“A house divided against itself, cannot stand.” — Abraham Lincoln
Part 3 in The Storytelling SpeciesSeries
The Death of a Father is a devastating event regardless of if it occurs to a family or a civilization. Fathers represent half the sacred act of creation. In Buddhist philosophy, “Yang represents Heaven, the Father, and the Creative…while yin represents Earth, the Mother, and the Receptive. Yin and yang are dependent upon one another…” To read more about the symbolism of Yin & Yang, see this beautiful blog: Yin & Yang Symbol: Between Heaven and Earth.
TheCollective Death of the Father
Why am I comparing the Death of a Father as experienced by an individual or a civilization as a similar event? Because civilizations are nothing more than of millions of individuals who have agreed to come together as a collective to achieve a greater good. Part of what they do to accomplish this greater good is contribute some of their individual consciousness to the collective pool of consciousness needed to do this. Note when I refer to consciousness, I mean illuminated consciousness, the part we are awareness of that tells us who we are, where we are, what we can do, and allows us to do and accomplish things in the world.
Collectives of any size draw upon this greater pool of consciousness to do things a single individual could not do alone. In ancient times, this larger pool of knowing and ability helped people synchronize and organize themselves to bring about the greater goal. Back then, the great goal was surviving, but our ancestors recognized how a well synchronized group of people could afford to divide up critical survival tasks such as hunting (protein), gathering (critical vitamins, minerals, and other trace nutrients), building (shelter), and safety (fighting off beasts or other humans who want to steal your resources or creating/sustaining fire) to overcome the challenges that probably would kill an individual acting alone.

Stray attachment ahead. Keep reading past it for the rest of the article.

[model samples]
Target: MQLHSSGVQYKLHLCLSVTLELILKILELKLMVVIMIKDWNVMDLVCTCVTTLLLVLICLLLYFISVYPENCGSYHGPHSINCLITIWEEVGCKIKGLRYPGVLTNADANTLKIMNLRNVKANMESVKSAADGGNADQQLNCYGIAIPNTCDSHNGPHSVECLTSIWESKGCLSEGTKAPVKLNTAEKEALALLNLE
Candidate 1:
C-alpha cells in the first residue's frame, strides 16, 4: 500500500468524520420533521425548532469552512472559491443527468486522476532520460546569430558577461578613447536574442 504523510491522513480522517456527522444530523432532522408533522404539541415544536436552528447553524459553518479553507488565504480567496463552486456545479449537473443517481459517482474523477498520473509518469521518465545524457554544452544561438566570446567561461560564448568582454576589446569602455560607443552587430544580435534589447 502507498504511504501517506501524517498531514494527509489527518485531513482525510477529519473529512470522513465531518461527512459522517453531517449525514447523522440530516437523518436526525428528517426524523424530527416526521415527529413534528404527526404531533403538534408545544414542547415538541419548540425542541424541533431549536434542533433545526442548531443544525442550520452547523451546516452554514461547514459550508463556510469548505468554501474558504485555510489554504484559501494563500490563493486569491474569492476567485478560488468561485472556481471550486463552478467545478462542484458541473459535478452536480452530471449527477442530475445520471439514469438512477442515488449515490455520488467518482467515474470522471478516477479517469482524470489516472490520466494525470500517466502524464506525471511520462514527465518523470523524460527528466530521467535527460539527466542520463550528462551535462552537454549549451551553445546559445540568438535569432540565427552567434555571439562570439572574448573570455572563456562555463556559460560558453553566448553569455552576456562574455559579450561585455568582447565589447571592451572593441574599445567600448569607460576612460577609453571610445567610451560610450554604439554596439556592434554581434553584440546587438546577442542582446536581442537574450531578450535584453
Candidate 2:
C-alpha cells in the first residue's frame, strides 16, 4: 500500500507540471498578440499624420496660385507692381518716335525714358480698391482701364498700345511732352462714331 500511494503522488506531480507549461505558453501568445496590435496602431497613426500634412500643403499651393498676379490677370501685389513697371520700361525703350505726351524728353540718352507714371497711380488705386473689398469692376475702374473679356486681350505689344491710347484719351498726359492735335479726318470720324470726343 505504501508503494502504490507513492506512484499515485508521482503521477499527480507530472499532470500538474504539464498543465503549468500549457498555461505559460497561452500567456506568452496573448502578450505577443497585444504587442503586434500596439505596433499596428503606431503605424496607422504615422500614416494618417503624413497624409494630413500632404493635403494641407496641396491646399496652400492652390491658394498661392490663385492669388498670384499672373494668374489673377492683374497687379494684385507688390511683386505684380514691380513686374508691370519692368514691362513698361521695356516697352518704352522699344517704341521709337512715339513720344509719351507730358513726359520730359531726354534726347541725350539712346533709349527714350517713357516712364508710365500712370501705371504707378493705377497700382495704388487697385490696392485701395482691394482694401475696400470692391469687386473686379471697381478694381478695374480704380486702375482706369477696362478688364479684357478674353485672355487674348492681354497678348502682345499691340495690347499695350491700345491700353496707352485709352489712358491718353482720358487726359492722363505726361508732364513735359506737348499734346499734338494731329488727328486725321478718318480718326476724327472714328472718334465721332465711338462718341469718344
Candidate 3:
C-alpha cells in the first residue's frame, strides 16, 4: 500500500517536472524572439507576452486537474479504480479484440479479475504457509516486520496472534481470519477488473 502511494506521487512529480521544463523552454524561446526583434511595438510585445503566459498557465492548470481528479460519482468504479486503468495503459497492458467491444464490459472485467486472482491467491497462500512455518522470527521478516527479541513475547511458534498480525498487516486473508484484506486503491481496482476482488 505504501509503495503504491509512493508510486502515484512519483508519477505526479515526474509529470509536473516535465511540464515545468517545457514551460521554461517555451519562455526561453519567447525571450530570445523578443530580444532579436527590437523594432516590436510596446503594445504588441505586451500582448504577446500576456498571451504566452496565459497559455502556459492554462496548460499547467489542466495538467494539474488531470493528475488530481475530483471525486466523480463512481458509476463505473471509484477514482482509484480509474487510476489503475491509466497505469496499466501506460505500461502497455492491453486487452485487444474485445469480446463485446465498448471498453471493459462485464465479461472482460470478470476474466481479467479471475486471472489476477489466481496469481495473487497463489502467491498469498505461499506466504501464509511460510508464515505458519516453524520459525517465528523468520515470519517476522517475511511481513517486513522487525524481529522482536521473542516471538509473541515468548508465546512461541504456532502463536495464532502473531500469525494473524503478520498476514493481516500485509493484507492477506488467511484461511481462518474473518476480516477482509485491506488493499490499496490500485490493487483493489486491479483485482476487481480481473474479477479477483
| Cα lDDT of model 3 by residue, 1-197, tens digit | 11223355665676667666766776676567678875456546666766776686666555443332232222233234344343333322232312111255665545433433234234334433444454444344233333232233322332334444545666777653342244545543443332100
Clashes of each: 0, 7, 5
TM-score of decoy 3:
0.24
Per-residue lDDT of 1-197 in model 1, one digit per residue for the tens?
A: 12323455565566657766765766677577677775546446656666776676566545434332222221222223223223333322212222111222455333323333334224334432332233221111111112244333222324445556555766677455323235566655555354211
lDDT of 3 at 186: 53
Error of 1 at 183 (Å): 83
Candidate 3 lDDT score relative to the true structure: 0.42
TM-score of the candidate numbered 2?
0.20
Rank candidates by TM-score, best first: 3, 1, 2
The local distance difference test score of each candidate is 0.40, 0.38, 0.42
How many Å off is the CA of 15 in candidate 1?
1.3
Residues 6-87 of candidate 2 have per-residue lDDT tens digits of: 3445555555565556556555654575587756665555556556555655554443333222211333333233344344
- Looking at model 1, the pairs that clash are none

Imagine for a minute that you are an ancient human trying to live alone in a world due to circumstances beyond your control. To do this, you must hunt, gather, build your own shelter, and protect yourself from all sorts of danger and challenges. You must also know how to heal yourself if you get hurt or become ill. Necessity will allow you to use your great mind to overcome some of the obstacles to survival. But, pretty much all your time and energy will be dedicated to surviving, leaving little time to imagine, much less build, a new and better way of living in the world.
But thankfully you are a modern human who is living in a modern world, so surviving is much easier. But it is also vastly more complicated. That is because our modern luxuries comes with a price, which necessitates that you put more of your individual consciousness into the ever-evolving more complicated collectives. There are many ways individual’s contribute their individual consciousness to the collective. One obvious way is by internalizing and abiding by the rules of the systems sustaining the collective (e.g., go to work, make money, spend money to employ other people who must go to work). Collective concentrations of consciousness are supposed to sustain the good of all people living inside of them. However, just as an individual can choose to use their consciousness for evil, so too can a collective.